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Monday, October 3, 2016

Supreme Court REJECTS Rehearing Deportation Amnesty Case

Demonstrators rally in front of the White House in Washington on July 24, 2013, in favor of immigration reform. (Associated Press) **FILE**

Socio-political commentary ...

Stephen Dinan.

The Supreme Court shot down the administration’s effort to kick-start President Obama’s deportation amnesty, refusing Monday to grant a rehearing in a case the court deadlocked on just a few months ago.
The refusal lets stand the decision by an appeals court, which found Mr. Obama broke immigration law by trying to grant a three-year amnesty from deportation and to issue work permits to as many as 5 million illegal immigrants.
Mr. Obama and his team had hoped the justices would reconsider after a 4-4 deadlock at the high court in June, but the justices declined the request as part of a long list of refusals on the first day of their 2016 session.
“The Obama administration’s unprecedented attempt to rewrite federal immigration law failed yet again today,” said Carrie Severino, chief counsel at the Judicial Crisis Network. “It’s fitting that the Texas immigration case, which typifies this administration’s relentless overreach, met its end in a wordless denial by the Supreme Court.”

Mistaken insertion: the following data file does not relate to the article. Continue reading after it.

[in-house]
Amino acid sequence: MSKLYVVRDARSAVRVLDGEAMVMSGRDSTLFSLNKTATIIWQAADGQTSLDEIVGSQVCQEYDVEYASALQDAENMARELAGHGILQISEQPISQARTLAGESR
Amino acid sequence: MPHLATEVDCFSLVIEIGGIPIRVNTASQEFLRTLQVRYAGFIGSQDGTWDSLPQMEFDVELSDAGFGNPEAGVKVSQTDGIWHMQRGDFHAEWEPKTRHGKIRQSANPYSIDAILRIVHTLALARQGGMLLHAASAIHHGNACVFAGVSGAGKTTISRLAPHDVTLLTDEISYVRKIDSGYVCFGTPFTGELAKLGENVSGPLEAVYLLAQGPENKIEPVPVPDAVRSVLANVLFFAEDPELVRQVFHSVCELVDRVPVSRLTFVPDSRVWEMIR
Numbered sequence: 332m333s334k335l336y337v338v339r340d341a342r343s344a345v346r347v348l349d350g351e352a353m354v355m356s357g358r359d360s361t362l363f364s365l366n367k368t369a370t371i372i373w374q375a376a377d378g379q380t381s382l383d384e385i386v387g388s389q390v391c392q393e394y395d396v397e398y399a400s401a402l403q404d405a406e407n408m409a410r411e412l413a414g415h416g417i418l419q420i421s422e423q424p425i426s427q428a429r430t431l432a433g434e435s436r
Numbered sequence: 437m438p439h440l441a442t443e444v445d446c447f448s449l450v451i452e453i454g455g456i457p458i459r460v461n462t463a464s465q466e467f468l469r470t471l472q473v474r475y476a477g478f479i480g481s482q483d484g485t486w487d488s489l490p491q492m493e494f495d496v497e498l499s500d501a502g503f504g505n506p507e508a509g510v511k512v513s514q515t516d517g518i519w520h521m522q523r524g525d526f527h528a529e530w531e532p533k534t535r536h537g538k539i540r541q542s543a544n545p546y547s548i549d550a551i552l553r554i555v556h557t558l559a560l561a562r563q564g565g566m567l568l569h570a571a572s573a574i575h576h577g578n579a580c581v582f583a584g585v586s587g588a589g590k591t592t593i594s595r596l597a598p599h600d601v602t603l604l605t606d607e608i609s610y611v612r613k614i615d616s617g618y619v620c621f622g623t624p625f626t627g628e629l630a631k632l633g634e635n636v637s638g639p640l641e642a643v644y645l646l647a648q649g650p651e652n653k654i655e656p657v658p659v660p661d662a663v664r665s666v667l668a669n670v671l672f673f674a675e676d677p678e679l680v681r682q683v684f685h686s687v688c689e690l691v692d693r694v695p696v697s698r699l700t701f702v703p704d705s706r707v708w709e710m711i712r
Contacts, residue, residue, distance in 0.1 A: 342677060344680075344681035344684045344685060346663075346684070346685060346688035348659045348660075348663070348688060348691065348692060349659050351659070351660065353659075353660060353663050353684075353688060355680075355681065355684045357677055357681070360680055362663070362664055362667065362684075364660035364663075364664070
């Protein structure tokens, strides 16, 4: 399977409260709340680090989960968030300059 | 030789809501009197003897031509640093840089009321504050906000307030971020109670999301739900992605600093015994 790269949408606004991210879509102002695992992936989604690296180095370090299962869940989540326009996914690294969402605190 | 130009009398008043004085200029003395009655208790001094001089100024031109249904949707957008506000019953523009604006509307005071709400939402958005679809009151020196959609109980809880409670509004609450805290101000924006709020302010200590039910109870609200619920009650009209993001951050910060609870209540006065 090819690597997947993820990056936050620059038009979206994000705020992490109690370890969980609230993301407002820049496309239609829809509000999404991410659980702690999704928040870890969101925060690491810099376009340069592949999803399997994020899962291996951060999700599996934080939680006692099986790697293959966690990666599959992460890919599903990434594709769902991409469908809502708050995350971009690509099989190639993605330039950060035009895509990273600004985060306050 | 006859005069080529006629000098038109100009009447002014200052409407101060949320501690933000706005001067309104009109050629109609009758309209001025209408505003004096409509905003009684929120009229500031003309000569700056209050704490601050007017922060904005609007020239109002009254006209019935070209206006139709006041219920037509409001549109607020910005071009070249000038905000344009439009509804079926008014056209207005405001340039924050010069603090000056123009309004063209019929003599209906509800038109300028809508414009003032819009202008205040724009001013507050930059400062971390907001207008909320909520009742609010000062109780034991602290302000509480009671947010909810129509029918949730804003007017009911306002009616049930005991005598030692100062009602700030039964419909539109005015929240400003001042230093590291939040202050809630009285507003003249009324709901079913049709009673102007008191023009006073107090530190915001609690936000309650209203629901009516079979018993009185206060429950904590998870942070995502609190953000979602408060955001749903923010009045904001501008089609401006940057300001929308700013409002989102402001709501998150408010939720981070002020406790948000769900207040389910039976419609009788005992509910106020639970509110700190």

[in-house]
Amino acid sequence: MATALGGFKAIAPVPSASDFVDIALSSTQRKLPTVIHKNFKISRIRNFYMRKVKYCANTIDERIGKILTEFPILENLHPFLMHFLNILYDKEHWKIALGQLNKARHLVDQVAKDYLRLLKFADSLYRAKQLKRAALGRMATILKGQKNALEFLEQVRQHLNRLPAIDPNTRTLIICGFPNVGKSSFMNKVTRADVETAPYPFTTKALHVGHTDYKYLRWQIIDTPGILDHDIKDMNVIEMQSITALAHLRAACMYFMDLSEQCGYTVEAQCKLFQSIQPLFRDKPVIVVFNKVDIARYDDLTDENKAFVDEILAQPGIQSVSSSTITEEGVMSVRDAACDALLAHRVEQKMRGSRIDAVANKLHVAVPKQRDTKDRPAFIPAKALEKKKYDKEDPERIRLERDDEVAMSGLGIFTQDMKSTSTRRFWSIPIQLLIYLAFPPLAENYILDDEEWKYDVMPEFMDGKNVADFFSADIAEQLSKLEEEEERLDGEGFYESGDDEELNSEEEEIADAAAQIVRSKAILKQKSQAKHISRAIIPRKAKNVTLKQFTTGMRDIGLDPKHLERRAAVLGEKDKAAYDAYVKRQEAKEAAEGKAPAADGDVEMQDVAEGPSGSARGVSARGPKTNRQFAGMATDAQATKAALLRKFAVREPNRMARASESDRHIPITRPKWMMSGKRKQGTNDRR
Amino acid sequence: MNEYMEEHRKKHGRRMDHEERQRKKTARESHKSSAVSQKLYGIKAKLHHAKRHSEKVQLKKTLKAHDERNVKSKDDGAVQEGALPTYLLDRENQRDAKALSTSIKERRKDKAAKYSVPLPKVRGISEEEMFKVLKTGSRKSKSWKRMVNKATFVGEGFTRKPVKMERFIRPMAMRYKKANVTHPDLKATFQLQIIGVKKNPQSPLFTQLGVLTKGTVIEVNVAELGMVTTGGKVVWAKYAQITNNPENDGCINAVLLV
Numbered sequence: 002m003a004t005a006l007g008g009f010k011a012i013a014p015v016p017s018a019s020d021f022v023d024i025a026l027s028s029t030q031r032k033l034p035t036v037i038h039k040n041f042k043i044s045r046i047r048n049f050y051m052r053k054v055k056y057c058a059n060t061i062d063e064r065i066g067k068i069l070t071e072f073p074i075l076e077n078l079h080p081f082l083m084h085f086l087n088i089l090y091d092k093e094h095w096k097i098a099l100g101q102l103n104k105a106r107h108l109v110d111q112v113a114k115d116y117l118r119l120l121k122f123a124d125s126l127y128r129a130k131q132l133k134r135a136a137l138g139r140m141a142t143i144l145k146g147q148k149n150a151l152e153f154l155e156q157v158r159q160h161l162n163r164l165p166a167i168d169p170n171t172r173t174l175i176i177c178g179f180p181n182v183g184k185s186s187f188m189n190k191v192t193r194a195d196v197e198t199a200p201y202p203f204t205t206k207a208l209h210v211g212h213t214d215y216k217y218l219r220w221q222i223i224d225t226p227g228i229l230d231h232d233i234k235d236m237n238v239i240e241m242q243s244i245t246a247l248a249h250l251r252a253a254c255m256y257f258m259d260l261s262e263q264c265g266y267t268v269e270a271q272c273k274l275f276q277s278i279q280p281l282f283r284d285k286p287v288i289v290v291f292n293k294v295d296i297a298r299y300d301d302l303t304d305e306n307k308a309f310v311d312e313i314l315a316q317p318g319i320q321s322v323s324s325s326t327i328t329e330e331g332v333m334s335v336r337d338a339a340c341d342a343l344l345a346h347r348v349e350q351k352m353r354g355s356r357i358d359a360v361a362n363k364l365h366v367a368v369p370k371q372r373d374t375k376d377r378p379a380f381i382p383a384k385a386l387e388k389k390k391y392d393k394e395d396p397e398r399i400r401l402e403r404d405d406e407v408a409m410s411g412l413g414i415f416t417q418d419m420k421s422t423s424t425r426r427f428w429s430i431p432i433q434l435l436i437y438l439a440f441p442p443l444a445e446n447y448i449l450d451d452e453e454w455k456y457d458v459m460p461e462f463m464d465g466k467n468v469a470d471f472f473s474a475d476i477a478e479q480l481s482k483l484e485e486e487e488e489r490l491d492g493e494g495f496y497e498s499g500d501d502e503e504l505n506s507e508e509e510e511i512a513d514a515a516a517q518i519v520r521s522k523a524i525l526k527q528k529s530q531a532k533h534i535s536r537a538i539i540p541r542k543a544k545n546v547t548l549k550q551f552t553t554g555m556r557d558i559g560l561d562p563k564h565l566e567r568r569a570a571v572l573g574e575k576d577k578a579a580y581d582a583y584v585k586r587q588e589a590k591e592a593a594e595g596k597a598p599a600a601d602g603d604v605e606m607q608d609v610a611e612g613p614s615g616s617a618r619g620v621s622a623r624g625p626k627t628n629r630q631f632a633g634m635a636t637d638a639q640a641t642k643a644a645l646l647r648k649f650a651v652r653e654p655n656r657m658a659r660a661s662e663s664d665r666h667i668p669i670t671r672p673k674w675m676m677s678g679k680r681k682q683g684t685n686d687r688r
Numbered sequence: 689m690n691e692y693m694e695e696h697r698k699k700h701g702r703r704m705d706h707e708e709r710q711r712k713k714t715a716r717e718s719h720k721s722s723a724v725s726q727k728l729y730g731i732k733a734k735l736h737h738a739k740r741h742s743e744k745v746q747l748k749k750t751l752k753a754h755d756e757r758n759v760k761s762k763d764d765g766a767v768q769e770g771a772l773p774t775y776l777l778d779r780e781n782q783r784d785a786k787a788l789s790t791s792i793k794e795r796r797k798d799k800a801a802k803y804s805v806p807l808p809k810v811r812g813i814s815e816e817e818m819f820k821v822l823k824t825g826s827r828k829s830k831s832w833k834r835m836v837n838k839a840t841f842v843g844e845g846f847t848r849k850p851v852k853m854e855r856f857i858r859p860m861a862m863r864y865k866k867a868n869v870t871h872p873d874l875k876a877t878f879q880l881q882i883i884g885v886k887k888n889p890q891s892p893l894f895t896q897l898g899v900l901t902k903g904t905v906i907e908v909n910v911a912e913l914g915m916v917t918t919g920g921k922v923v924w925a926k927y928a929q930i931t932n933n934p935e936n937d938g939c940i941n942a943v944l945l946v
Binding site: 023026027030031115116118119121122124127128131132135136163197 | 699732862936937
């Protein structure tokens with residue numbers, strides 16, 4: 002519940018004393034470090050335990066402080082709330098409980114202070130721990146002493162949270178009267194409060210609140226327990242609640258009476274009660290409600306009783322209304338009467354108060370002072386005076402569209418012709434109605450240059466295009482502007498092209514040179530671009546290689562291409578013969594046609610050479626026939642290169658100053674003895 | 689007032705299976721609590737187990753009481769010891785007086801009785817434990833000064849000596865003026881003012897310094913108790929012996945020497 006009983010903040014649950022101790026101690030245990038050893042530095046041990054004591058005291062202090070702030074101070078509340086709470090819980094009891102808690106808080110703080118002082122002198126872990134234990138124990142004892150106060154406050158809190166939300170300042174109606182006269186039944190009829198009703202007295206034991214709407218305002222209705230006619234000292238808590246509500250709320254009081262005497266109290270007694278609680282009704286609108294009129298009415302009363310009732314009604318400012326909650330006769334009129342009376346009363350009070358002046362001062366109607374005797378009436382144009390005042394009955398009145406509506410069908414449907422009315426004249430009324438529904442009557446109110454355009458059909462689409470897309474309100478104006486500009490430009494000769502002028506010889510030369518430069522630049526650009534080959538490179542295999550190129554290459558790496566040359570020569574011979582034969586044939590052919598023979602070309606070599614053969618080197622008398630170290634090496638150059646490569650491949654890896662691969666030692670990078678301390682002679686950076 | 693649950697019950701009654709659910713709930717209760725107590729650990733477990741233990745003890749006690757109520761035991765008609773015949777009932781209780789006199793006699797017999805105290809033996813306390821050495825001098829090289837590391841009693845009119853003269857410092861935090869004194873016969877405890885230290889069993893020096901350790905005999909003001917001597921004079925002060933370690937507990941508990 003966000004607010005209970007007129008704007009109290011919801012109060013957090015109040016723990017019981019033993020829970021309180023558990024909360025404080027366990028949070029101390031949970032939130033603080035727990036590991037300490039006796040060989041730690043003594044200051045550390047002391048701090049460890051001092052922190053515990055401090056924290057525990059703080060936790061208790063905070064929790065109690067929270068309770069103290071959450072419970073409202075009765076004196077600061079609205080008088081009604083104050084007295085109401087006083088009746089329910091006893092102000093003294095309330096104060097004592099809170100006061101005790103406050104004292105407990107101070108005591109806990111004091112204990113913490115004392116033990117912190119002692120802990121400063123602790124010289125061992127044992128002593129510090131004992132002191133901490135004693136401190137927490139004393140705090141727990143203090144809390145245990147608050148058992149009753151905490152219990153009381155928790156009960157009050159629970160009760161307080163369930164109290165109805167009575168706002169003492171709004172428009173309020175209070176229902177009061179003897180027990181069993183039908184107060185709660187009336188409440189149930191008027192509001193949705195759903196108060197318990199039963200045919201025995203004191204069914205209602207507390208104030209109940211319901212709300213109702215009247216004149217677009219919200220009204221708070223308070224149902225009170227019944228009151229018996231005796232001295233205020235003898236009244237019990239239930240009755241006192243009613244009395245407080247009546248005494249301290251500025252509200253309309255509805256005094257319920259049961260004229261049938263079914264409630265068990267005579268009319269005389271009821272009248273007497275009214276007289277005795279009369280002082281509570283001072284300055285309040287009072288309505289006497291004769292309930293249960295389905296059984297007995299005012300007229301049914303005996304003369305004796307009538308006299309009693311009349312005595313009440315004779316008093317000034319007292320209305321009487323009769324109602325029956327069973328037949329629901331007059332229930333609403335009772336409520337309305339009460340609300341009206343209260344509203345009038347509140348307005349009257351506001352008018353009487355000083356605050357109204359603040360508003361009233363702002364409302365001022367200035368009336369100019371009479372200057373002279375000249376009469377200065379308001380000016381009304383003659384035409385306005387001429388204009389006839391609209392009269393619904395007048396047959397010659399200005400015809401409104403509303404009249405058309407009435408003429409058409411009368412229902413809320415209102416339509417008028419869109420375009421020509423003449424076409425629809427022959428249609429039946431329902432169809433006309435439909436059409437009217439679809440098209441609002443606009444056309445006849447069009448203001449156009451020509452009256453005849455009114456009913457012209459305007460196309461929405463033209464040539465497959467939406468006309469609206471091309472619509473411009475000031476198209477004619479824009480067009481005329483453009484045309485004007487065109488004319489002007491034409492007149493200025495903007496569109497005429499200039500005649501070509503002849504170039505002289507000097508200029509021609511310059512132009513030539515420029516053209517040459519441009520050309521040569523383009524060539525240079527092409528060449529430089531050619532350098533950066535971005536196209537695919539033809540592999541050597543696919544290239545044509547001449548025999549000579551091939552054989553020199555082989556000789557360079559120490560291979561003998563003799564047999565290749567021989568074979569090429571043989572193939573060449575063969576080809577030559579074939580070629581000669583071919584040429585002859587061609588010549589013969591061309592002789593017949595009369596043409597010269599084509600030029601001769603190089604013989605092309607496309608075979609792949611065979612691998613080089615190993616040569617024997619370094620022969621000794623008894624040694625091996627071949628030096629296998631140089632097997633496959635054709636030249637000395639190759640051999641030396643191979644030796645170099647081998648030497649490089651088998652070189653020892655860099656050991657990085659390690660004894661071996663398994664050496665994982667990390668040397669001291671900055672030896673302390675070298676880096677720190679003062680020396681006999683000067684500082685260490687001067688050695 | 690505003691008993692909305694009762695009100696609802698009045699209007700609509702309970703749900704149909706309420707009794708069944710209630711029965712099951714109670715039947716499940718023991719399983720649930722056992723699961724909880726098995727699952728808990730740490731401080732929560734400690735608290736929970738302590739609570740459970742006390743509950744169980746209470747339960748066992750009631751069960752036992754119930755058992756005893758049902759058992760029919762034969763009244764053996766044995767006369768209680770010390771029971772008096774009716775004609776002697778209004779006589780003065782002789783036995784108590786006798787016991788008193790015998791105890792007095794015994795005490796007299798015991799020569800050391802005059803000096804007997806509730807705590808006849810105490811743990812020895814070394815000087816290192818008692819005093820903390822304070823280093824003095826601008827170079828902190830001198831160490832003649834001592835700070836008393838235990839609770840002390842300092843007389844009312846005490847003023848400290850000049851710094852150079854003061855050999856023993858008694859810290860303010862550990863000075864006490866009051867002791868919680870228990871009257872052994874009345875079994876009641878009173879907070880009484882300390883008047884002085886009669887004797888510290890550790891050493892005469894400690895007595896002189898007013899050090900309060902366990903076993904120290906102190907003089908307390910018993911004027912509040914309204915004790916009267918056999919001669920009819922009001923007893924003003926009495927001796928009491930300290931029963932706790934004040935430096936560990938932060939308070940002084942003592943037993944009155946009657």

Things could have gone worse for the administration. Had Justice Antonin Scalia not died, it’s possible the court would have ruled 5-4 against Mr. Obama in June, issuing an opinion that could have permanently curtailed presidential powers.
Instead, the 4-4 deadlock means there is no high court precedent, and makes it easier for the court the revisit the matter in the future.
For now, illegal immigrants who’d been hoping for relief under the amnesty have tried to carve out a new legal battleground.
One so-called Dreamer has filed a case in federal court in New York arguing that the judge in Texas who first ruled Mr. Obama’s amnesty broke the law, and then the appeals court in New Orleans, don’t have nationwide jurisdiction.

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